The Largest Security-Cleared Career Network for Defense and Intelligence Jobs - JOIN NOW

Weapons of Mass Destruction (WMD)

With Bucca detention closure, U.S. reaffirms commitment to Security Agreement (Bucca)

Multi-National Force-Iraq

Sunday, 20 September 2009

Detainee Operations

Press Release A090920x-01
Sept. 20, 2009

With Bucca detention closure, U.S. reaffirms commitment to Security Agreement

CAMP VICTORY, Iraq – With the closure of the Camp Bucca theater internment facility on Sept. 17, the Task Force 134 commanding general said the closure reaffirms the U.S. commitment to the Security Agreement.

"Camp Bucca's closure honors the Security Agreement," Brig. Gen. David Quantock said. "It's a testament to the dedication and the hard work of the Government of Iraq and U.S. forces. We've been working side by side with the Iraqi government on detainee issues, and that great working relationship is what has made this closure possible."

At the time of Bucca detention facility’s closure, 8,305 detainees remain at Camps Taji and Cropper. In accordance with the Security Agreement, these detainees will either be released or transferred to the Government of Iraq with a valid warrant or detention order signed by an Iraqi judge.

"We work by and with the Government of Iraq to ensure these releases and transfers are done in a safe and orderly manner," Quantock said. "Since the Security Agreement took effect at the beginning of January, we've been very successful in that. So far this year, 5,703 detainees have been released and now have a chance to make a positive impact in Iraqi society. Approximately 1,360 have been transferred into Iraqi custody with valid warrants and detention orders."

The completion of detainee operations at Camp Bucca is also significant for the service members stationed there. The detention facility is in the process of being dismantled.

“The TIF teardown has been an ongoing process since April 2009,” said Sgt. 1st Class Robert Bennett, a 168th Military Police Battalion training noncommissioned officer.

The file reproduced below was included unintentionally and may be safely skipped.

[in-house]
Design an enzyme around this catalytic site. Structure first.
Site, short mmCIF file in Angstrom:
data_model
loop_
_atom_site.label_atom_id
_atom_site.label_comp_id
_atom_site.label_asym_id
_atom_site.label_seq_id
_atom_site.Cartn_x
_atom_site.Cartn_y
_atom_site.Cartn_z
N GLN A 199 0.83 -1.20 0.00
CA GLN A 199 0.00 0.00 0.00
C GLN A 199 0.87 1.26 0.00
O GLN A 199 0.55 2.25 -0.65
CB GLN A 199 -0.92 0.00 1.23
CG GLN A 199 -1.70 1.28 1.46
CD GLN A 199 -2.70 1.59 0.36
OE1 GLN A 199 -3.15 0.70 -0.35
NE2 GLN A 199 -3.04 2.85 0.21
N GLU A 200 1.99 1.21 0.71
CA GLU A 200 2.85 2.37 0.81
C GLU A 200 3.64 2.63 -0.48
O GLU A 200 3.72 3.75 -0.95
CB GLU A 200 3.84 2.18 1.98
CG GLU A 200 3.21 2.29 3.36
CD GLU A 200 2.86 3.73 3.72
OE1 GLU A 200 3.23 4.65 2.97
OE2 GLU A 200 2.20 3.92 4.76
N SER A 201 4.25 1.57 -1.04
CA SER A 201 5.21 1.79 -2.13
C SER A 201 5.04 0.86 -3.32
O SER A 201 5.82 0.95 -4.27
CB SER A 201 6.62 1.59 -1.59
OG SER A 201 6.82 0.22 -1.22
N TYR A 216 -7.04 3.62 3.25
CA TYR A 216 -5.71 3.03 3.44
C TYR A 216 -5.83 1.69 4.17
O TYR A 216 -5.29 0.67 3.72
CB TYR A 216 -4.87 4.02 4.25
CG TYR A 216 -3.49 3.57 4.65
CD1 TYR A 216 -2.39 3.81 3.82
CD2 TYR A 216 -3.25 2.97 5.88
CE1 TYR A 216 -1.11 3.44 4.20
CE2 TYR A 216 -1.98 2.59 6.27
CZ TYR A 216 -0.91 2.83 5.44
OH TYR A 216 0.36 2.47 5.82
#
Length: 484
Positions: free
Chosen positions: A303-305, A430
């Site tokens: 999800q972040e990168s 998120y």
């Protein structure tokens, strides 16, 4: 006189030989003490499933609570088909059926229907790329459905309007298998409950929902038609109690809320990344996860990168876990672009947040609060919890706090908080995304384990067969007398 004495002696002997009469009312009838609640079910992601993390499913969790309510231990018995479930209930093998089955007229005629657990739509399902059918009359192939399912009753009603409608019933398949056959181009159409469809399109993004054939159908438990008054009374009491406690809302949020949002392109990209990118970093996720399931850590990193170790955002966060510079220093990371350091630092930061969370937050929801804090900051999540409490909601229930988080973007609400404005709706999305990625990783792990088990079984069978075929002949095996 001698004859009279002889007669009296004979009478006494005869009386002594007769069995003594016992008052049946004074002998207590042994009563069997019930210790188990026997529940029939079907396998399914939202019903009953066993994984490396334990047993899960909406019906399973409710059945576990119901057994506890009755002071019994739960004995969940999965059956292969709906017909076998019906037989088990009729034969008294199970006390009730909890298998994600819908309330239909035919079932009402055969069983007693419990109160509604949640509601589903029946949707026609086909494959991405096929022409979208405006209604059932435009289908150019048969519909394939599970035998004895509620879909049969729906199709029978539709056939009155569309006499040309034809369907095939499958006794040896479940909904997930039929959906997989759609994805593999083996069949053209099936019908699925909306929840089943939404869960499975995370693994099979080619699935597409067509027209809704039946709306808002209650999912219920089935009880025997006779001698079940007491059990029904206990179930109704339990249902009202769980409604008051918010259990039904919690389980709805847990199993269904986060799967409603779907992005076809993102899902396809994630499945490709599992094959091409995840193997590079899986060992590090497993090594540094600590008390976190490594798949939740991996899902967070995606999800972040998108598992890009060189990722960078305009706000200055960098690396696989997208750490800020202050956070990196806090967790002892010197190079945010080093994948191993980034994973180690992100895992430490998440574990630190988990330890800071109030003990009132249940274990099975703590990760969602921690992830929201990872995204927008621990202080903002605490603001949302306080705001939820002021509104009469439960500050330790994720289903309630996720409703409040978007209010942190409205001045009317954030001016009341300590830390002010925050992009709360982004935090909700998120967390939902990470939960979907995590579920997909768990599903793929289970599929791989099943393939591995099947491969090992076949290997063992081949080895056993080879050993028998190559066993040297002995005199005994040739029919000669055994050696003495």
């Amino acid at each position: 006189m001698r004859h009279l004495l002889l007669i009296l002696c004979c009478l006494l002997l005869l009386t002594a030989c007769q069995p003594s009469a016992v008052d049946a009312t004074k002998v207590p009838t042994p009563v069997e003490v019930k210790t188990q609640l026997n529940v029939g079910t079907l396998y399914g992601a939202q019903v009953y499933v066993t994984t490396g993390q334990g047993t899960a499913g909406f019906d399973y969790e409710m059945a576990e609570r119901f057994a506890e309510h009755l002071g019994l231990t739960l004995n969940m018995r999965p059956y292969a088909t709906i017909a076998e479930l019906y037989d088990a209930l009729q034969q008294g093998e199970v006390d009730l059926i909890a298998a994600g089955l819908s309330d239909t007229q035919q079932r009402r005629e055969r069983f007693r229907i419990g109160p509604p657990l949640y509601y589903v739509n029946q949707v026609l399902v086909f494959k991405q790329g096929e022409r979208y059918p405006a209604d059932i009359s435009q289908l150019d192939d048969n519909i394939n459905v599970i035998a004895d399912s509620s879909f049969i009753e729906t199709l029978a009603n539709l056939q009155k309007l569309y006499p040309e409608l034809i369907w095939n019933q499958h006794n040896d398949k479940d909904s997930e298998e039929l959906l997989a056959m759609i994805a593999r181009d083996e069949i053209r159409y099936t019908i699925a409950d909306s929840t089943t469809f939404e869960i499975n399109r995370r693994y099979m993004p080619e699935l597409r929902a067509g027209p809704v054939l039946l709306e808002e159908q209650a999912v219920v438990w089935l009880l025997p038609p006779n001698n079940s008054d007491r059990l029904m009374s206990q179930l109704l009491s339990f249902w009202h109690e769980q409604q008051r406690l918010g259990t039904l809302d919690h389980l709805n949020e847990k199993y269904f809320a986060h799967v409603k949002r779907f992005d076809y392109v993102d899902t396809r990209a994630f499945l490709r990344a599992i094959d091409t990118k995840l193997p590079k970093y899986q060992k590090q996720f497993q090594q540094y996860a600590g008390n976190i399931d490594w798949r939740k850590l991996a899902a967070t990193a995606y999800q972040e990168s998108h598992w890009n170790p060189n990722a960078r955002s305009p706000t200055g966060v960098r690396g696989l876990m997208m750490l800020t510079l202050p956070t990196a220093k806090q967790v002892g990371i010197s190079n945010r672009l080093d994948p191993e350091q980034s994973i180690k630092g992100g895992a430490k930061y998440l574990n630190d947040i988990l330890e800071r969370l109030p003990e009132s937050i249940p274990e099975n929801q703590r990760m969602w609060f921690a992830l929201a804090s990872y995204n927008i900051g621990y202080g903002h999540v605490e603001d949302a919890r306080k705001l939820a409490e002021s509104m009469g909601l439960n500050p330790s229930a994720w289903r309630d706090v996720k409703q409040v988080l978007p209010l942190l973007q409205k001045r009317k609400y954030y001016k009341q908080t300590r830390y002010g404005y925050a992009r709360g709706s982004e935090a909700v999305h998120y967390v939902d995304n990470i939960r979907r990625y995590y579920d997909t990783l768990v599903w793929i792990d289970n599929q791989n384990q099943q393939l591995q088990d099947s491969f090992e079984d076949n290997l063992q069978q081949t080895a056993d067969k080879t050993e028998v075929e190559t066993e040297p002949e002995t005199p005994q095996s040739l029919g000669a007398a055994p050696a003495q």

Many of the materials that are being taken from the TIF will be recycled to other areas of Camp Bucca or sent to other Forward Operating Bases in Iraq for reuse.

“The dismantling of Camp Bucca [detention facilities] is a sign of mission accomplishment which sends soldiers home that do not have to be replaced,” Bennett said. “The closure is progress for the Government of Iraq for taking control of the internment facilities and detainees.”

Camp Bucca’s water treatment operations, wastewater treatment plant, ice manufacturing facility and brick factory is scheduled to be turned over to the GoI in 2010. This represents nearly $60 million of infrastructure investments since 2006.

These transfers will allow the GoI to produce 2 million gallons (7.6 million liters) of potable water per day. In addition, they will be able to process 1.5 million gallons (5.7 million liters) of raw sewage daily resulting in 1.2 million gallons of grey water they can use for their crops.

Moreover, the ice production facility can generate 45 tons (40.8 metric tons) of ice daily. “Camp Bucca will begin distributing water and providing access to its wastewater facilities for the Iraqi people in the Umm Qasr region by the end of the month,” said Col. Daniel Lund, commander of Forward Operating Base Bucca.

From start to finish

Camp Bucca, currently operated by the 89th Military Police Brigade from Fort Hood, Texas, once had the capacity to house 30,000 detainees but never rose to that level.

The camp got its start in March 2003. It was called Camp Freddy at the time and was being run by British forces until the 800th MP Brigade took command of the camp on April 7, 2003. The camp was renamed to honor Ronald Bucca, a New York City fire marshal who died in the 9/11 attacks.

Although there was an initial spike in the detainee population as the detention facility was opened, the population dropped from more than 8,500 to 1,320 in early 2004. Until 2006, the population increased an average of 3,000 detainees per year, starting 2007 with more than 10,000 detainees at Camp Bucca.

The troop surge of 2007 also resulted in a surge of detainees. From January until November 2007, the detainee population more than doubled to 21,556 – the most detainees ever held at the same time in the facility.

The start of 2008 brought a steady decline to the Camp Bucca population, which dropped to 12,259 by the year’s end.

The population continued decreasing as detainees were released, transferred to the Government of Iraq with a valid warrant or detention order, or moved to Camps Taji or Cropper.

During internment, many detainees benefitted from education classes, vocational programs, voluntary Islamic discussion groups, and civics classes inside the Camp Bucca TIF. These programs, which have been in place at all U.S. detention facilities in Iraq since 2007, provide marketable skills to help released detainees reintegrate into Iraqi society. Families also received support from the International Committee of the Red Cross to facilitate visits to their loved ones in the detention facility.

According to Bennett, the detention facility is scheduled to be completely dismantled by the end of December.


FOR MORE INFORMATION, PLEASE CONTACT MNF-I Joint Task Force 134, at DSN 318-485-2802/2227/4030 or e-mail

Join the mailing list